Posted on August 19, 2002 in Washington Watch
The battle over whether or not the United States should militarily act against Iraq is now in full bloom. After Senator Joseph Biden forced the question by calling for three days of congressional hearings on the issue, the discussion has exploded into a rather sharp debate.
During the past year, it was the hawks who appeared to be winning the debate over Iraq. In the aftermath of September 11, those who sought an immediate U.S. attack against Baghdad were emboldened. Critics were intimidated into silence, and only a few brave souls, most notably, former Vice President Al Gore, urged caution.
For a time, it appeared that an invasion was inevitable. It was, we were told, a matter of “when” not “if.” Those of us who cautioned against such a foolish adventure were belittled or dismissed.
As a result, public opinion polls showed that a large majority of Americans favored an attack against Iraq. This, in turn, further cowed many politicians from expressing opposition. Remembering how Republicans were able to demean those Democrats who voted against authorizing the 1991 Gulf War, most Democratic candidates for office have been shy about criticizing the current campaign against the Baghdad regime.
A review of the congressional debate taking place in districts around the U.S. leading up to the 2002 elections, establishes a virtual consensus in support of a war. And most of the 2004 Democratic presidential aspirants, again with the exception of Al Gore, have become hawks on the issue.
This was the situation until the Biden hearings. Now, it appears, the dynamic has shifted. In just the last week powerful and, in some cases, surprising voices have been raised cautioning against a unilateral U.S. invasion or attack against Iraq.
Respected Republican foreign policy experts like former Bush Administration National Security Advisor Brent Scowcroft and former Secretaries of State Henry Kissinger and Lawrence Eagleburger have written detailed critiques of the hawk’s position. For his part Scowcroft warned that the United States must first pay attention to the Israeli-Palestinian dispute because to “go after Iraq” without first solving the Middle East conflict would result in “an explosion of outrage against us.” Scowcroft further argued “there is a virtual consensus in the world against an attack on Iraq at this time…making any military operations…more difficult and expensive.”
Kissinger raised the deeper concern about the fact that any U.S. war in Iraq would require a longer term American commitment than has been projected by any of the neo-conservative hawks. All of these arguments serve to reinforce the position of Secretary Colin Powell’s Department of State, which is engaged in an intra-Administration debate with the hawks roosting in the Pentagon.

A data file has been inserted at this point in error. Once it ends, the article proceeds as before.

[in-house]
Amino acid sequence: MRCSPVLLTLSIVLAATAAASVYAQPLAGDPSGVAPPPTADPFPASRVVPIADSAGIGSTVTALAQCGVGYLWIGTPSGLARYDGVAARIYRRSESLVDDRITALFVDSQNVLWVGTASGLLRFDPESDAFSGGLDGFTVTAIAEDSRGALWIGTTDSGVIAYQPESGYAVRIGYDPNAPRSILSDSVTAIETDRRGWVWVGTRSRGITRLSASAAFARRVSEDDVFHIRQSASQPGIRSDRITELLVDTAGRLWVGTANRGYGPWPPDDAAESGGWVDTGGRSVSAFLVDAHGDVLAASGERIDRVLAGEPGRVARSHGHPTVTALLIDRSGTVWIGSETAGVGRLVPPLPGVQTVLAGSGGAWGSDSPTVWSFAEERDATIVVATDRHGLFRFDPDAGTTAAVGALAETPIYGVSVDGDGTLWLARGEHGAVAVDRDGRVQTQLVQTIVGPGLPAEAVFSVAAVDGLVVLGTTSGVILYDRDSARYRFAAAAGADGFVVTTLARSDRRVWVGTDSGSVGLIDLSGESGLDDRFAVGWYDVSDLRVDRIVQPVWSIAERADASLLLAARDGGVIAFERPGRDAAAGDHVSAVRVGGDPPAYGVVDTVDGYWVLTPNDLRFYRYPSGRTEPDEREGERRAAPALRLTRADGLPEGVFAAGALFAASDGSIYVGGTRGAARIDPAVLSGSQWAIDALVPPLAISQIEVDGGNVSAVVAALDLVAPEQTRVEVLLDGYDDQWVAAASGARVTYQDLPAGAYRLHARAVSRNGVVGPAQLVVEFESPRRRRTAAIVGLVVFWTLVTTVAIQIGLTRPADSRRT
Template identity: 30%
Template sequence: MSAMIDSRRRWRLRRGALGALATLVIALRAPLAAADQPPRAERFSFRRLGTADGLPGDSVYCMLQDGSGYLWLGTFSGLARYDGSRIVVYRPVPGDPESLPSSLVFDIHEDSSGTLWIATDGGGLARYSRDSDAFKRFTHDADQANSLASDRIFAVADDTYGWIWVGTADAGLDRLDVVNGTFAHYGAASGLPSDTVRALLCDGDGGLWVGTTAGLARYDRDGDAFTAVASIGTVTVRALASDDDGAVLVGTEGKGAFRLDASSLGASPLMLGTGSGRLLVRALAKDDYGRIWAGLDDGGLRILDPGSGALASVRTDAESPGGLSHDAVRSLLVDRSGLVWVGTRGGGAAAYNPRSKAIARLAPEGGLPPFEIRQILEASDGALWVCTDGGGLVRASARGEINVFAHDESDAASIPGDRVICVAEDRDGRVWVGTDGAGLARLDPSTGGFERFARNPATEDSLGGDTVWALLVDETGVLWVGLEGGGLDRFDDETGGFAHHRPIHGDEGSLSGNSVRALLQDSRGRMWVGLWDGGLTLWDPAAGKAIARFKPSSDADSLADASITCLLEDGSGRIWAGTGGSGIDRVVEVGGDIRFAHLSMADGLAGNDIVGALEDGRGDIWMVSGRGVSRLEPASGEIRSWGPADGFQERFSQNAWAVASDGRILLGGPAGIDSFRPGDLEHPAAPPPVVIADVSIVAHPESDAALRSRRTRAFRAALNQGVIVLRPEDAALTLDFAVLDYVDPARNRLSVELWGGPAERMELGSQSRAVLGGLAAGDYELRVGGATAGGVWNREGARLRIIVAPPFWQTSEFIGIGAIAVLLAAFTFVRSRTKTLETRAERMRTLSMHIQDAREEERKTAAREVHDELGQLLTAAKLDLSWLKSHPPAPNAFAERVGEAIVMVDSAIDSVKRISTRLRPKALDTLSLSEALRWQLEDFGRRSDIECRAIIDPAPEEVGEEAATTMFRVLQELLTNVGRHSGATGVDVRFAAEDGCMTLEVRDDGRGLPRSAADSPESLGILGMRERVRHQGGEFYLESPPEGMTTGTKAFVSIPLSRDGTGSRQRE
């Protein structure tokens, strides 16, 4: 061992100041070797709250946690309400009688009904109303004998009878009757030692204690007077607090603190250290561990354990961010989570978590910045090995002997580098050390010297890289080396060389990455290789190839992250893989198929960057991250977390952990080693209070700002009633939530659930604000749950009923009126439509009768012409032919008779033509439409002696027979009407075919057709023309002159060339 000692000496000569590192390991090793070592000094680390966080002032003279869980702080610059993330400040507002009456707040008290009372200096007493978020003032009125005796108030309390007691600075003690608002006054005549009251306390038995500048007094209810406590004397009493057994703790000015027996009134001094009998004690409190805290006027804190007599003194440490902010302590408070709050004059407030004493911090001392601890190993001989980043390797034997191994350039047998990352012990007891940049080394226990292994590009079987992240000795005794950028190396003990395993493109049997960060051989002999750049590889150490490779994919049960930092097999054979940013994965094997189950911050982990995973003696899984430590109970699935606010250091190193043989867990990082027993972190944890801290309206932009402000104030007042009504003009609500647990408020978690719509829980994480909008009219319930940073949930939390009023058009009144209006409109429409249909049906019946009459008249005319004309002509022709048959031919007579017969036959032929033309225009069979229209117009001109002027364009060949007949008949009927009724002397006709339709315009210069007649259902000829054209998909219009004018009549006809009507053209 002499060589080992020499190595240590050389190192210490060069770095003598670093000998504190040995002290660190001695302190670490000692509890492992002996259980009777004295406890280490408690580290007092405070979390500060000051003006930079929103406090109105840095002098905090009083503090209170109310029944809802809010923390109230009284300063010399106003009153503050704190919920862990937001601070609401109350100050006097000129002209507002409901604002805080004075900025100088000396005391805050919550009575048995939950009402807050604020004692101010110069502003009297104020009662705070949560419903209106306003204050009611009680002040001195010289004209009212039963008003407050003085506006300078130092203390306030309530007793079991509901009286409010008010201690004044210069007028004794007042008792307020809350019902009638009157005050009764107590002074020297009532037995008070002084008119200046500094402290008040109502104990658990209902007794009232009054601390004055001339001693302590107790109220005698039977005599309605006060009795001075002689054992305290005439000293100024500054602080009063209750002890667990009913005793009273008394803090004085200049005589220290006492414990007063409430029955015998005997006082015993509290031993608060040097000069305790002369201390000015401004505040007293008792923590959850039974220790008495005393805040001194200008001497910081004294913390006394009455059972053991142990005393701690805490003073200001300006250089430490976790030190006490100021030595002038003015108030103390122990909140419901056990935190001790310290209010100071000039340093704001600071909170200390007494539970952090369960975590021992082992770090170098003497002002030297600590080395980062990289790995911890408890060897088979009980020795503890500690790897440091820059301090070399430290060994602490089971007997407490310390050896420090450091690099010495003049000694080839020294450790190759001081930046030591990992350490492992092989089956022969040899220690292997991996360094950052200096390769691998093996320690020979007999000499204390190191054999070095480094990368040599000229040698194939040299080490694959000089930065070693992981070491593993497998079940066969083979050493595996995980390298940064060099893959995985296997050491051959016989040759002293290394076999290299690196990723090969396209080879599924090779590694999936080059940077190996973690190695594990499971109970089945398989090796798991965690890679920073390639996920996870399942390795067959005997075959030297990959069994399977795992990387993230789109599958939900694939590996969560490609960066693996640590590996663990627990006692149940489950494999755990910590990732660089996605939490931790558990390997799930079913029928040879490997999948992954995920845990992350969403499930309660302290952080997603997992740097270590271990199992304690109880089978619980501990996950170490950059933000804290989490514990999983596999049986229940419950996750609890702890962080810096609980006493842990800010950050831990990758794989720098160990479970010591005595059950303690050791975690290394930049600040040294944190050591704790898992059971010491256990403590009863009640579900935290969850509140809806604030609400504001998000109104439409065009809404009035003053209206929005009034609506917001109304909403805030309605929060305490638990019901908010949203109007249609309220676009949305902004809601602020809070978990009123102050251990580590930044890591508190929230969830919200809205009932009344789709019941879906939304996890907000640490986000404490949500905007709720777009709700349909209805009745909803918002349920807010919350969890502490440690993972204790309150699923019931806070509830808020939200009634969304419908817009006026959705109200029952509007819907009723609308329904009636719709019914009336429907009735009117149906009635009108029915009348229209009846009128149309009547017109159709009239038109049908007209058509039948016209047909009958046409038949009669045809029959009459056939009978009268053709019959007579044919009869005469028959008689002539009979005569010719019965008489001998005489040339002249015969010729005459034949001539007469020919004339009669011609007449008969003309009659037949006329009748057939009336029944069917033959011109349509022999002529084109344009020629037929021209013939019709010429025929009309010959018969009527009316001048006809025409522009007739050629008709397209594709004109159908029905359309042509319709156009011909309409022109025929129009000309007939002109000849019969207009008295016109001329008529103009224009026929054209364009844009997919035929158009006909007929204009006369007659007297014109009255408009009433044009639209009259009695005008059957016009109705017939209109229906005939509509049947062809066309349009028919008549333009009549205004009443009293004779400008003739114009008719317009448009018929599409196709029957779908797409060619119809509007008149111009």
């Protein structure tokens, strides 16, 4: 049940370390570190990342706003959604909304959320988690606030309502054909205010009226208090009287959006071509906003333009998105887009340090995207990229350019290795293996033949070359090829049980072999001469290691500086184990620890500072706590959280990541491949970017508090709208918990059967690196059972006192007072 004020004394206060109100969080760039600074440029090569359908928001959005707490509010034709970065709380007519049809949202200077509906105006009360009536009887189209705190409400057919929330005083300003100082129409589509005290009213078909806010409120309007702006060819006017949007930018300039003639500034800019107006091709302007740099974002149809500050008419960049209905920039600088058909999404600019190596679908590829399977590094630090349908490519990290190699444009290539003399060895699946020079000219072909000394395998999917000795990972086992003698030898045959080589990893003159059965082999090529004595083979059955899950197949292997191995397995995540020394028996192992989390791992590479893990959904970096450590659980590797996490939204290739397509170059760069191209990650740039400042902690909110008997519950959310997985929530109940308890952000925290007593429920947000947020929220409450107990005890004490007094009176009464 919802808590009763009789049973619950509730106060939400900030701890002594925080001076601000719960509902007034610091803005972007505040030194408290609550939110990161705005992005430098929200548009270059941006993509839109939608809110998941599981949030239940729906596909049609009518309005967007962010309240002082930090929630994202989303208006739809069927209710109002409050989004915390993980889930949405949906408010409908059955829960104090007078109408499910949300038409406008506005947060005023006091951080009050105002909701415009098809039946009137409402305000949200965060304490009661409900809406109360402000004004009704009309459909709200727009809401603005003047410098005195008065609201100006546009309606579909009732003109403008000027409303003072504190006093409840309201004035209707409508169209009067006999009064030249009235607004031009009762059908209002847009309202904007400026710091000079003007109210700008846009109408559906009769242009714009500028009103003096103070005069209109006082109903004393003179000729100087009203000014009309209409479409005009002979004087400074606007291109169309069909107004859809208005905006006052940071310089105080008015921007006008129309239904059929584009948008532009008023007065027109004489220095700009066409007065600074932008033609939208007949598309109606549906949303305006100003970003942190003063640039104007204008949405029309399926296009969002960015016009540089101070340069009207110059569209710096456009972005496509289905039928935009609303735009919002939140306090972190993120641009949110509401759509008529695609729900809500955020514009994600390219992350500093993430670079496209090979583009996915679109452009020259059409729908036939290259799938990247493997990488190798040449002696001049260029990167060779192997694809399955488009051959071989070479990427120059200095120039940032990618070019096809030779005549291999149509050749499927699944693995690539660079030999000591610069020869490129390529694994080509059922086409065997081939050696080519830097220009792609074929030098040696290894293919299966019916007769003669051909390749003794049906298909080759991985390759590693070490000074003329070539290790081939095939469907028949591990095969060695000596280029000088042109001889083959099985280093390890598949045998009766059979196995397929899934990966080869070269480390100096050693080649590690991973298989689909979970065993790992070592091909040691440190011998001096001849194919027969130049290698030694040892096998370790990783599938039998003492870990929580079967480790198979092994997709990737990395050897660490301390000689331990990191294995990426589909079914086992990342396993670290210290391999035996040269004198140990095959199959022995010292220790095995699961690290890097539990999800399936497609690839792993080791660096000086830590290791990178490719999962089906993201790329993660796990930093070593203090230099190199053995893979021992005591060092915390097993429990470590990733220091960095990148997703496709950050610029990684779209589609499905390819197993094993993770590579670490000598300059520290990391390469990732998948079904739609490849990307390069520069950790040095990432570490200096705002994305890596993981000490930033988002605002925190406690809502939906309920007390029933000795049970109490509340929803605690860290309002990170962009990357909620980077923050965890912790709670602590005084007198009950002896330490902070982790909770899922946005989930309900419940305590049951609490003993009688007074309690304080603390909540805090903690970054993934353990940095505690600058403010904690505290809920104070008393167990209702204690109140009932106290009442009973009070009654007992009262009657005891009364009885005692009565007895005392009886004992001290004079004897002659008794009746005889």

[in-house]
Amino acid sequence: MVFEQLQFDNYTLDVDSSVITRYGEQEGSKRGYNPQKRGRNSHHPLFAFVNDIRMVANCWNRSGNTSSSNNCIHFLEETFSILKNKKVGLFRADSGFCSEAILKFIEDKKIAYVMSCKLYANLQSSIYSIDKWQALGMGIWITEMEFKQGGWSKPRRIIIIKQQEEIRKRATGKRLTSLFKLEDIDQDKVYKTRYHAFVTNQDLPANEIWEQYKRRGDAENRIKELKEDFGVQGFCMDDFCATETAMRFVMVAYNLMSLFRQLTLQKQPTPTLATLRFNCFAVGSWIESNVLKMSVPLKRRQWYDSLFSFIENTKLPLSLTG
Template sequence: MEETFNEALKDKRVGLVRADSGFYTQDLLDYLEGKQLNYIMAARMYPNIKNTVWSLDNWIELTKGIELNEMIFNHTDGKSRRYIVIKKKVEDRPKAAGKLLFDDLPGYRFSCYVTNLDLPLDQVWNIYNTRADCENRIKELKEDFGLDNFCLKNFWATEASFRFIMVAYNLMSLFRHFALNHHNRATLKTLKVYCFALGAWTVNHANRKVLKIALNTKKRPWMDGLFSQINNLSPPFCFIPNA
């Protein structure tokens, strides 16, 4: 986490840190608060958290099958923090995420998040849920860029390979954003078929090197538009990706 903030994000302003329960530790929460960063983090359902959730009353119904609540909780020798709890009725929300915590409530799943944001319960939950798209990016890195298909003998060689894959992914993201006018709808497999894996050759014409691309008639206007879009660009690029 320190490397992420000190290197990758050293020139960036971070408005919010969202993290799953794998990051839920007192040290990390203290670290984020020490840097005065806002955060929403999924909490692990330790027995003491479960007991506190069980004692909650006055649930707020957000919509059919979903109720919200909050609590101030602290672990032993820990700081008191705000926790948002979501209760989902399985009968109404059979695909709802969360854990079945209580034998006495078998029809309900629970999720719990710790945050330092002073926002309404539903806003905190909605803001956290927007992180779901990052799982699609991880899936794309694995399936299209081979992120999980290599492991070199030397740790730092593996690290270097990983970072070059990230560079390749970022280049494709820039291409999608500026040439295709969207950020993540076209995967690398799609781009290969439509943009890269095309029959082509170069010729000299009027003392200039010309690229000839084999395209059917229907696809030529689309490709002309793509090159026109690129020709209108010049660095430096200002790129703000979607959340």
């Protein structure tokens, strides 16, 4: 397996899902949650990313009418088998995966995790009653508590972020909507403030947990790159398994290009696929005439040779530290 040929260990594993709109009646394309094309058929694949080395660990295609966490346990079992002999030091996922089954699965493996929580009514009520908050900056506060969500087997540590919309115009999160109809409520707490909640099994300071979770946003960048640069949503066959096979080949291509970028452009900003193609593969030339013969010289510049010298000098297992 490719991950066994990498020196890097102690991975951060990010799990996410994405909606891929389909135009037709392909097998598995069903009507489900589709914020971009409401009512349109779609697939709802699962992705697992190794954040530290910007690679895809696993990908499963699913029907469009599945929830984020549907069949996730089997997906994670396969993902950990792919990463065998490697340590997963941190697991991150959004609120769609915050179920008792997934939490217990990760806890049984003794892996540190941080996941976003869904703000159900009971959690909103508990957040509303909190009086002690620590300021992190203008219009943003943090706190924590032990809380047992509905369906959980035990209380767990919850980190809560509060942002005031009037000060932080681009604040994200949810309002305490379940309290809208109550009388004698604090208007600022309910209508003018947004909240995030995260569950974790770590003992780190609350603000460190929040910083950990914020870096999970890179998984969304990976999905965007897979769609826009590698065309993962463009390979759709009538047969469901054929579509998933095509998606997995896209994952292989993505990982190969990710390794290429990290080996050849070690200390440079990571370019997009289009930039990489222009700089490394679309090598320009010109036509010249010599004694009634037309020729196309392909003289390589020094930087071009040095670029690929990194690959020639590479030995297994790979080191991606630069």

Further evidence of an erosion in the Administration’s efforts to have a Republican consensus in support of a war came from a surprising quarter. Late last week, House Majority Leader Dick Armey made clear his rejection of a unilateral preemptive U.S. strike against Iraq. Armey, a leading conservative, noted that such an attack would be of questionable legality and in contradiction of American values.
As a result of this opening, the voices of more liberal critics can now also be heard. Democratic Senators like Carl Levin and Russ Feingold have entered the fray and in a concise, but thoughtful piece, Congressman Peter DeFazio enumerated for his constituents all of the questions he felt had not been answered by those who advocated rushing into war.
Somewhat on the defensive, Administration spokespersons have been forced to speak out and provide their answer to many of the questions now being raised by critics of the war. Clearly this matter is not resolved–but at last there is an open public debate.
Make no mistake, however, this issue will not go quietly into the night. Renewed efforts will be made to find an Iraqi connection with Al Qaeda, in general, or September 11, in particular. And allegations regarding the Baghdad regime’s pursuit of weapons of mass destruction will be intensified. There may even be an effort to goad Saddam into making a foolish or provocative act. And, of course, there may even be pressure placed on Arab governments to support a U.S. action–since that would answer at least one of the critics concerns, that the U.S. is acting alone and is threatening regional stability.
But the bottom line is that, what was once seen as inevitable is no longer an open and shut case. The debate is real and it is growing. As a result, the Administration will not be able to so easily engage in a war in Iraq until it first wins the battle here in Washington. To do so it will have to answer tough questions being raised by influential critics.
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